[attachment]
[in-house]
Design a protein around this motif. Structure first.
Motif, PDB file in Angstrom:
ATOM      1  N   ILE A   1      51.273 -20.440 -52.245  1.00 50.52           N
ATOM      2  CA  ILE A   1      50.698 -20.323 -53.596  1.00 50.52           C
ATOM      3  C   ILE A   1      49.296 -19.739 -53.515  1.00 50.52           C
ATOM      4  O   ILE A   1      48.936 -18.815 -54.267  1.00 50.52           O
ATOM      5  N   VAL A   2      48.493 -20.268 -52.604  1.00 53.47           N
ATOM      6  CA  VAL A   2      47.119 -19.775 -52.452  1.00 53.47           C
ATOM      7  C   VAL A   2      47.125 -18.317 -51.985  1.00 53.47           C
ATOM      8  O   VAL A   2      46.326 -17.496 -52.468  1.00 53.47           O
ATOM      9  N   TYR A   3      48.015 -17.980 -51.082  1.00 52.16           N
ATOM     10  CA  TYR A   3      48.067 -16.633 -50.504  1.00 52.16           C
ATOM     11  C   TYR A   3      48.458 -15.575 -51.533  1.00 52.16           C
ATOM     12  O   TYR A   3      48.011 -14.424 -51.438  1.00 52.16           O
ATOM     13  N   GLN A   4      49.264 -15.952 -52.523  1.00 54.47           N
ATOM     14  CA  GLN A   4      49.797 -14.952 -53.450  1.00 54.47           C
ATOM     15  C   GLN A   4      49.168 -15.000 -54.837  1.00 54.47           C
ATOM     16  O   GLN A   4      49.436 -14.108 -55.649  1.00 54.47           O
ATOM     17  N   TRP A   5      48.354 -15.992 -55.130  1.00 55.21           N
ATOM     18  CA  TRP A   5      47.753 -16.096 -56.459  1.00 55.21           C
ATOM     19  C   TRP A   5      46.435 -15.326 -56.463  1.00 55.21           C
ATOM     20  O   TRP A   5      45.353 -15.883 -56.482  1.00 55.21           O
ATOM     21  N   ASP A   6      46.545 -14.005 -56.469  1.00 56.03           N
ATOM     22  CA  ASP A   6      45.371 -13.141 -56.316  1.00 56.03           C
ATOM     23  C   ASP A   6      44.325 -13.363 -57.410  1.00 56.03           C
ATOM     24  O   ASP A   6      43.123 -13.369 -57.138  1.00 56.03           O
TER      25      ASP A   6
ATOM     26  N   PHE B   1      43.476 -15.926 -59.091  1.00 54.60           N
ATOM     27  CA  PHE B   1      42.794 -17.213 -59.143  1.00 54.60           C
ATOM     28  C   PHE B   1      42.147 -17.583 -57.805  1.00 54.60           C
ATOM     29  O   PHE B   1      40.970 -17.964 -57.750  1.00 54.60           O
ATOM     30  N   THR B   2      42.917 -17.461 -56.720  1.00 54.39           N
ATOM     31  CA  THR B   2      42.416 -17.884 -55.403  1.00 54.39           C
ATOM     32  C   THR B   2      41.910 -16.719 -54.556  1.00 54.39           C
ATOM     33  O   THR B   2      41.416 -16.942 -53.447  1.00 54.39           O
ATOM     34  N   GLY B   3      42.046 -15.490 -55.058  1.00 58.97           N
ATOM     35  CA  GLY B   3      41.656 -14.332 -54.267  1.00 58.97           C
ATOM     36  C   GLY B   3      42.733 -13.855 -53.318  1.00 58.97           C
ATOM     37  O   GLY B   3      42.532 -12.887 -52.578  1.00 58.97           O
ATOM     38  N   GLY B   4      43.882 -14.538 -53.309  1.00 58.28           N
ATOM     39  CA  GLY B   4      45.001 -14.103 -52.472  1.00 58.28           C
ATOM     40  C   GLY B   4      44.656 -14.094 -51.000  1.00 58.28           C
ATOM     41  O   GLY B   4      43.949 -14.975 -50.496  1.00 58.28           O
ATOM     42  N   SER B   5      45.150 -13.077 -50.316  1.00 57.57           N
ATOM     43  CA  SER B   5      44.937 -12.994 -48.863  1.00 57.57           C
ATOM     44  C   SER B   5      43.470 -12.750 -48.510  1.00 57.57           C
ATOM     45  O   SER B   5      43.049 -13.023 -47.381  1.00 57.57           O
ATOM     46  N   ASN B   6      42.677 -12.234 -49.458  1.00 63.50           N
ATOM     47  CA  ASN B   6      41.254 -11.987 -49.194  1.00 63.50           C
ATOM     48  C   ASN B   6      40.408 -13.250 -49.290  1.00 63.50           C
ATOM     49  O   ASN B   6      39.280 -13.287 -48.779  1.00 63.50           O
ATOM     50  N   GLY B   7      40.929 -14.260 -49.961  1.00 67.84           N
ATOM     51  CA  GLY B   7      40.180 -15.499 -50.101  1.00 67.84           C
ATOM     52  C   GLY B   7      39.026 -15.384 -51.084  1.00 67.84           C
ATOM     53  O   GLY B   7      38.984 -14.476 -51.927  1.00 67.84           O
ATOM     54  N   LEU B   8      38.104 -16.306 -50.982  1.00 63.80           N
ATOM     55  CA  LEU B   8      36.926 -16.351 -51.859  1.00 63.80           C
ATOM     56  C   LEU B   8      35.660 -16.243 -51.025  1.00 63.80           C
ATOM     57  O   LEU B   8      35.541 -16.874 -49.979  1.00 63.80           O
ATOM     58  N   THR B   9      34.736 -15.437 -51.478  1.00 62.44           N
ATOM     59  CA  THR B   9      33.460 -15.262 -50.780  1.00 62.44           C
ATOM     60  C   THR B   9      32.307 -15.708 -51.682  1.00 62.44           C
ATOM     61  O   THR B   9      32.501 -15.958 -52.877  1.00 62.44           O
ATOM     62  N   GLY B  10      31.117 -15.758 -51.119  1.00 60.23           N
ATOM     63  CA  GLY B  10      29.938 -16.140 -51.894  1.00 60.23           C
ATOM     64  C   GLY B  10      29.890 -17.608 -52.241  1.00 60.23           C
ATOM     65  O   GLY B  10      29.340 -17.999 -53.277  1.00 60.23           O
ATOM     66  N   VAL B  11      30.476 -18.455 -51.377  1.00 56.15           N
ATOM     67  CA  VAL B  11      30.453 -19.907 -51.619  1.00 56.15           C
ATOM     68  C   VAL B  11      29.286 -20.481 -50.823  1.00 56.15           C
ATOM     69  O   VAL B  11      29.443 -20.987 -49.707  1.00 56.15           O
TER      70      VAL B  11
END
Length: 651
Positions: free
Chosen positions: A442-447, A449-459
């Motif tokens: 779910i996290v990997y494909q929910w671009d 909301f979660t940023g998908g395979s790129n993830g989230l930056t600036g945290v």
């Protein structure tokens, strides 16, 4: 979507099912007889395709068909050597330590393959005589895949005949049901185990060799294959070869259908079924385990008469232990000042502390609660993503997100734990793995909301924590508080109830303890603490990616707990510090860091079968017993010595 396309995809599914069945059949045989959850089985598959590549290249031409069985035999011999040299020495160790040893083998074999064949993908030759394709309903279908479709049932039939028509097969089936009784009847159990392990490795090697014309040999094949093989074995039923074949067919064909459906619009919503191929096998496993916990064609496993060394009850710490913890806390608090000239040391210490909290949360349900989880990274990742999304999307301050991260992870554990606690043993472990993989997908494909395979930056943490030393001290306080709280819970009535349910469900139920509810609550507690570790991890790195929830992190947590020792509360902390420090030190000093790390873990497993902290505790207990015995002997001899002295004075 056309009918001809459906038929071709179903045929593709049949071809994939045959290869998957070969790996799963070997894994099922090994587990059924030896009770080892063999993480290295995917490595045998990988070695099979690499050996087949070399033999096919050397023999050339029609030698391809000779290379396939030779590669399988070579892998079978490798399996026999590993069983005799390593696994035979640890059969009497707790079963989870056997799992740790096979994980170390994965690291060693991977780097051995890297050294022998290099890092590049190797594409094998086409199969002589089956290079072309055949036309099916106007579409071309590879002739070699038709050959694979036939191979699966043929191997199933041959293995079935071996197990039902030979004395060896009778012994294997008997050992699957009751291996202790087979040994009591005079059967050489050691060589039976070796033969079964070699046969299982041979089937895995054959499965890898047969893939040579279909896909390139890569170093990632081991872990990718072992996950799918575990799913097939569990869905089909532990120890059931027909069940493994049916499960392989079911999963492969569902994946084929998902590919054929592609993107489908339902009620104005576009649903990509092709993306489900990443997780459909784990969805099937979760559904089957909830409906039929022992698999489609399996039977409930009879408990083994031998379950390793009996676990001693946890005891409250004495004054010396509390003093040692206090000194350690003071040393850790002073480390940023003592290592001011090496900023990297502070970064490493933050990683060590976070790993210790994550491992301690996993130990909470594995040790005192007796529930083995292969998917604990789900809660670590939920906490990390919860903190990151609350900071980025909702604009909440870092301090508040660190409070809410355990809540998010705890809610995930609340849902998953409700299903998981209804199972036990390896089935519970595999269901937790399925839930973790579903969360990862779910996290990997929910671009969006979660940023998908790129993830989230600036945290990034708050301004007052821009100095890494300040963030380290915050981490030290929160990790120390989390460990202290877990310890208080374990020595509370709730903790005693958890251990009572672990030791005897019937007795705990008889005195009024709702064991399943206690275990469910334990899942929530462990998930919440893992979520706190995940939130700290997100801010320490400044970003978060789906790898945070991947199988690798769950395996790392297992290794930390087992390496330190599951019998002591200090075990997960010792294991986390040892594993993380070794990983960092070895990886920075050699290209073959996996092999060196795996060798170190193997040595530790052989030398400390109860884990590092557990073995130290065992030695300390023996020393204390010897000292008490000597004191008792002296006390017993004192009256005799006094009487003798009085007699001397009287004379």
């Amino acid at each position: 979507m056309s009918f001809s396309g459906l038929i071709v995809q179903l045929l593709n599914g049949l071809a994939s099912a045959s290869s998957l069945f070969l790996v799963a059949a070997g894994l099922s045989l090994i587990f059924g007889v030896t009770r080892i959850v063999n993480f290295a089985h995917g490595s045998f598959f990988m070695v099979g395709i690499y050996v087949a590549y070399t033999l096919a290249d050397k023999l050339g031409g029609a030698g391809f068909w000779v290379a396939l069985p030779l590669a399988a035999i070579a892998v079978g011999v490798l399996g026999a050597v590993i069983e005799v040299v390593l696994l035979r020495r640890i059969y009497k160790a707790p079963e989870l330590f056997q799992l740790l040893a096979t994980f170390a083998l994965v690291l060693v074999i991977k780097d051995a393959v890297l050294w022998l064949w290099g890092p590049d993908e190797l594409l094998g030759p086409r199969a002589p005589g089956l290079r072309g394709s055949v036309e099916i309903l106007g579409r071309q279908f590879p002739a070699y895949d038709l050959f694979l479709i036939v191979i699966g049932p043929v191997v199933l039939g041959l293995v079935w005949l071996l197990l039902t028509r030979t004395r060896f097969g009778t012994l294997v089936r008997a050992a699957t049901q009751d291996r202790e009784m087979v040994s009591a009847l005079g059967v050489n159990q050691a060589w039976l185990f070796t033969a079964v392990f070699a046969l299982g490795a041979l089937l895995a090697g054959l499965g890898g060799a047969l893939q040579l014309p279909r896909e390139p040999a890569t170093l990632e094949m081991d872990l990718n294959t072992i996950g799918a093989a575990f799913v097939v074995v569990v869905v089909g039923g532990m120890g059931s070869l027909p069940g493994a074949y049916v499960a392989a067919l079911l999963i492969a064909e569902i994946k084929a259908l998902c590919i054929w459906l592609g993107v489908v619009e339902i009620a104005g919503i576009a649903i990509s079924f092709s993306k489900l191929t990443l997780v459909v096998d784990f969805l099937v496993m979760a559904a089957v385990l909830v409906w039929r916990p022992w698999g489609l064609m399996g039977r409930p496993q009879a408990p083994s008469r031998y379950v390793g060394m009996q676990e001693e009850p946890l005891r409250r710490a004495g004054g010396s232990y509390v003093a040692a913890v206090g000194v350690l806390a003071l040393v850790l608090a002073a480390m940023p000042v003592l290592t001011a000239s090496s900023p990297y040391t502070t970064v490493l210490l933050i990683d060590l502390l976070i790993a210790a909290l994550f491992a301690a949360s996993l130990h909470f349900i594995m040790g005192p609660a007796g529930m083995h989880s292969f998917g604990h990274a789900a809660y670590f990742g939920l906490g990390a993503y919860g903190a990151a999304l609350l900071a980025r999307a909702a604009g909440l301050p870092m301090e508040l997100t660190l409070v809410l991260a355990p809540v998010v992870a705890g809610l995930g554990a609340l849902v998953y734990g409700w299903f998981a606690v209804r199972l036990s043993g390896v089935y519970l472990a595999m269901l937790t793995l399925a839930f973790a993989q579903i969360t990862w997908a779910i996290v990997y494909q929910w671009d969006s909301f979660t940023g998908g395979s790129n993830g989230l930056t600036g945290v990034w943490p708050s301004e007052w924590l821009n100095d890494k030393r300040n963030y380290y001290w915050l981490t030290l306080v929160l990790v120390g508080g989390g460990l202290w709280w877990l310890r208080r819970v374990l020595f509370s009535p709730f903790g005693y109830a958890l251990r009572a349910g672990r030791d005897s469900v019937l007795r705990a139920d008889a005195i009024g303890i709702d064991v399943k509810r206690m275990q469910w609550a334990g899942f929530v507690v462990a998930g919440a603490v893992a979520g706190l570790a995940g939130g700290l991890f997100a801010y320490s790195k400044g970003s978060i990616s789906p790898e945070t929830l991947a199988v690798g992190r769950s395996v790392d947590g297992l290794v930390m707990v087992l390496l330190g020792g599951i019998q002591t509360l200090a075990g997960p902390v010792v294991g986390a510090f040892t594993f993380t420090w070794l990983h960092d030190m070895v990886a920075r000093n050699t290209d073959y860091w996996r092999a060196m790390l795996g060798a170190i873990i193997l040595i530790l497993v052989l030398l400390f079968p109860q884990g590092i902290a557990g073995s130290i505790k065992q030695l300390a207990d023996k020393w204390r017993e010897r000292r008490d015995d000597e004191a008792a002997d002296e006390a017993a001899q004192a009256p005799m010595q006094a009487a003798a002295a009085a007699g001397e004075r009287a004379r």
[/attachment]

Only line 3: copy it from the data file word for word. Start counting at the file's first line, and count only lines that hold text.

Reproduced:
Motif, PDB file in Angstrom: